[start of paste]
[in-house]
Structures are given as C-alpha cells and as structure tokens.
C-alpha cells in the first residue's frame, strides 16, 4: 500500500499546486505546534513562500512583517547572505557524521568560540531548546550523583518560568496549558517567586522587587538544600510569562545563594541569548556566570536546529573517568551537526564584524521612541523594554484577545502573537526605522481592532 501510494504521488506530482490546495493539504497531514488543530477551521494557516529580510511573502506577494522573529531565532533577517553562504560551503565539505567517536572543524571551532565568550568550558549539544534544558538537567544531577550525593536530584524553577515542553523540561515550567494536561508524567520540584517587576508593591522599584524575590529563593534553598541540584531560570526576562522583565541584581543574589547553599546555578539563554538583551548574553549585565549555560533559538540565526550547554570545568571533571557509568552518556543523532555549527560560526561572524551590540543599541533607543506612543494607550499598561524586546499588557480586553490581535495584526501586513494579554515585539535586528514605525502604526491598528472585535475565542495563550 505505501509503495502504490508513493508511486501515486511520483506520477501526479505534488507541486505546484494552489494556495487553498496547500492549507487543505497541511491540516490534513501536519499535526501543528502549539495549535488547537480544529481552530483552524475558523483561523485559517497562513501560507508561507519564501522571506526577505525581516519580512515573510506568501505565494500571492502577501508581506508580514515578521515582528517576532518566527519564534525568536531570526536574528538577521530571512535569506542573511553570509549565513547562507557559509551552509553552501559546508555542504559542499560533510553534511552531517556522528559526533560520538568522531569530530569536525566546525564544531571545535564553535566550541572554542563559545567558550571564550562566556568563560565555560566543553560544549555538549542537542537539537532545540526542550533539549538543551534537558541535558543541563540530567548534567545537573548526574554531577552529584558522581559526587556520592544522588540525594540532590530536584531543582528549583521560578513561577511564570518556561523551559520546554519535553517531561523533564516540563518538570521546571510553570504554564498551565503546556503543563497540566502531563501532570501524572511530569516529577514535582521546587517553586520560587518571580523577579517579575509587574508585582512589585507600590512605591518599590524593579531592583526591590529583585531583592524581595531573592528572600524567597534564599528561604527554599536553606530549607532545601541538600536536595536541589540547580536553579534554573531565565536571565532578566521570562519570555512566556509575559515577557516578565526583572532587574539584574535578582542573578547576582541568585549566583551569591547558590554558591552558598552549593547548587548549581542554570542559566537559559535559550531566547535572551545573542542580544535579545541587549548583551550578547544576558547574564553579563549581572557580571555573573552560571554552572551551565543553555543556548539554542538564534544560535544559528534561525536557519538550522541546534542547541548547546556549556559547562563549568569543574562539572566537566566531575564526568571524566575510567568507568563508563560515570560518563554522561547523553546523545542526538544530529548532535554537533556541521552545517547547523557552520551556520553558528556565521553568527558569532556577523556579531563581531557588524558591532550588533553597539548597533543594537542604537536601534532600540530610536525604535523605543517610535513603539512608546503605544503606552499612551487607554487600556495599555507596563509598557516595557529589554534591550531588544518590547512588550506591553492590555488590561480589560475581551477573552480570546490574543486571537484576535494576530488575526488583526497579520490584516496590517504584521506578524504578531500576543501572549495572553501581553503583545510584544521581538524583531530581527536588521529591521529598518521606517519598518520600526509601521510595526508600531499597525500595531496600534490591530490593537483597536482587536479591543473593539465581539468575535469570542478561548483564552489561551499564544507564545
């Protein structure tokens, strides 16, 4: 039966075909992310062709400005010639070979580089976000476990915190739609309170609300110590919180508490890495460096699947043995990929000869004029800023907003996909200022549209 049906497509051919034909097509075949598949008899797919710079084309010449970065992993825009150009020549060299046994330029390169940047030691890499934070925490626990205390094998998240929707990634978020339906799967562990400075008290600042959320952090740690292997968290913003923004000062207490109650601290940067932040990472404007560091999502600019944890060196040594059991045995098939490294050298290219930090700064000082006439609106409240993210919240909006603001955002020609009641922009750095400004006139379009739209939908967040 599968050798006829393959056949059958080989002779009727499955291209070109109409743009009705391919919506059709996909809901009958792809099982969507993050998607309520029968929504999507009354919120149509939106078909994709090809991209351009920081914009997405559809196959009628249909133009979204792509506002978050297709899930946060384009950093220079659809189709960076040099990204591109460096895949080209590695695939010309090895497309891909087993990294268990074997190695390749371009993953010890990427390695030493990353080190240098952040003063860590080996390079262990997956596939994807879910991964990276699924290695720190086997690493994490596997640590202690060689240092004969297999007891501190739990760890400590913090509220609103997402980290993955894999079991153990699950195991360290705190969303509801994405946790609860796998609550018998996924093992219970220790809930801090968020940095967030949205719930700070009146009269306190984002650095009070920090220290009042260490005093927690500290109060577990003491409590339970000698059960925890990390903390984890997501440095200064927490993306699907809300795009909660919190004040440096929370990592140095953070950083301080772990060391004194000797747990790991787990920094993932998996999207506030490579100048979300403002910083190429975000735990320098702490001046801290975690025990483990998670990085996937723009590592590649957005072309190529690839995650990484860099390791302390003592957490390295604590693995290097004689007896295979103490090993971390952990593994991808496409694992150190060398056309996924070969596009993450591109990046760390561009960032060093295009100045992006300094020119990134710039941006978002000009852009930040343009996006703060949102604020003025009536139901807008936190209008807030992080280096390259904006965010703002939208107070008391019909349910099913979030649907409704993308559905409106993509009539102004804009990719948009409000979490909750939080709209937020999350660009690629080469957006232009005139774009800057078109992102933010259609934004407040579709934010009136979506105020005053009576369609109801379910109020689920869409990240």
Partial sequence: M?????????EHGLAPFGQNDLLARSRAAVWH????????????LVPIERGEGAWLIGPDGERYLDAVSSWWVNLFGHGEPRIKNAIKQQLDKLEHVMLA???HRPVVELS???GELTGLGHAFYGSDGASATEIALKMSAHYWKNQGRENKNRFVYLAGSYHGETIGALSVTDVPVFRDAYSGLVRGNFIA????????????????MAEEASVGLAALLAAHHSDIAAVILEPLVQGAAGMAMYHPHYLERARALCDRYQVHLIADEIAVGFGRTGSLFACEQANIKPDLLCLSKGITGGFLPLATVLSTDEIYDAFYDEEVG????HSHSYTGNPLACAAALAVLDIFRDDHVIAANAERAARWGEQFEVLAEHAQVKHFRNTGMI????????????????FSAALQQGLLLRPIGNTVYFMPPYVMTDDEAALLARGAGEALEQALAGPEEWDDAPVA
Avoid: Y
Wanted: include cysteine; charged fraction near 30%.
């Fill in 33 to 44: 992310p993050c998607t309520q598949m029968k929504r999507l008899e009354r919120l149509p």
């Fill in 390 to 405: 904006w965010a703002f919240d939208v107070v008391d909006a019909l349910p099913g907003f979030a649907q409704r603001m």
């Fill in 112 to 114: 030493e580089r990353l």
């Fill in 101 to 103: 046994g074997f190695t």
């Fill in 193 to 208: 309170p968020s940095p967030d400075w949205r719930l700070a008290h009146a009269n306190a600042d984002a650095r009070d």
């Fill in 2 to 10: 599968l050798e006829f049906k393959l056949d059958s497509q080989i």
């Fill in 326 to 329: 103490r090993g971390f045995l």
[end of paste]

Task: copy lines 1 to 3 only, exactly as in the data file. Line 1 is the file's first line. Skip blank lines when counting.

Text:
[in-house]
Structures are given as C-alpha cells and as structure tokens.
C-alpha cells in the first residue's frame, strides 16, 4: 500500500499546486505546534513562500512583517547572505557524521568560540531548546550523583518560568496549558517567586522587587538544600510569562545563594541569548556566570536546529573517568551537526564584524521612541523594554484577545502573537526605522481592532 501510494504521488506530482490546495493539504497531514488543530477551521494557516529580510511573502506577494522573529531565532533577517553562504560551503565539505567517536572543524571551532565568550568550558549539544534544558538537567544531577550525593536530584524553577515542553523540561515550567494536561508524567520540584517587576508593591522599584524575590529563593534553598541540584531560570526576562522583565541584581543574589547553599546555578539563554538583551548574553549585565549555560533559538540565526550547554570545568571533571557509568552518556543523532555549527560560526561572524551590540543599541533607543506612543494607550499598561524586546499588557480586553490581535495584526501586513494579554515585539535586528514605525502604526491598528472585535475565542495563550 505505501509503495502504490508513493508511486501515486511520483506520477501526479505534488507541486505546484494552489494556495487553498496547500492549507487543505497541511491540516490534513501536519499535526501543528502549539495549535488547537480544529481552530483552524475558523483561523485559517497562513501560507508561507519564501522571506526577505525581516519580512515573510506568501505565494500571492502577501508581506508580514515578521515582528517576532518566527519564534525568536531570526536574528538577521530571512535569506542573511553570509549565513547562507557559509551552509553552501559546508555542504559542499560533510553534511552531517556522528559526533560520538568522531569530530569536525566546525564544531571545535564553535566550541572554542563559545567558550571564550562566556568563560565555560566543553560544549555538549542537542537539537532545540526542550533539549538543551534537558541535558543541563540530567548534567545537573548526574554531577552529584558522581559526587556520592544522588540525594540532590530536584531543582528549583521560578513561577511564570518556561523551559520546554519535553517531561523533564516540563518538570521546571510553570504554564498551565503546556503543563497540566502531563501532570501524572511530569516529577514535582521546587517553586520560587518571580523577579517579575509587574508585582512589585507600590512605591518599590524593579531592583526591590529583585531583592524581595531573592528572600524567597534564599528561604527554599536553606530549607532545601541538600536536595536541589540547580536553579534554573531565565536571565532578566521570562519570555512566556509575559515577557516578565526583572532587574539584574535578582542573578547576582541568585549566583551569591547558590554558591552558598552549593547548587548549581542554570542559566537559559535559550531566547535572551545573542542580544535579545541587549548583551550578547544576558547574564553579563549581572557580571555573573552560571554552572551551565543553555543556548539554542538564534544560535544559528534561525536557519538550522541546534542547541548547546556549556559547562563549568569543574562539572566537566566531575564526568571524566575510567568507568563508563560515570560518563554522561547523553546523545542526538544530529548532535554537533556541521552545517547547523557552520551556520553558528556565521553568527558569532556577523556579531563581531557588524558591532550588533553597539548597533543594537542604537536601534532600540530610536525604535523605543517610535513603539512608546503605544503606552499612551487607554487600556495599555507596563509598557516595557529589554534591550531588544518590547512588550506591553492590555488590561480589560475581551477573552480570546490574543486571537484576535494576530488575526488583526497579520490584516496590517504584521506578524504578531500576543501572549495572553501581553503583545510584544521581538524583531530581527536588521529591521529598518521606517519598518520600526509601521510595526508600531499597525500595531496600534490591530490593537483597536482587536479591543473593539465581539468575535469570542478561548483564552489561551499564544507564545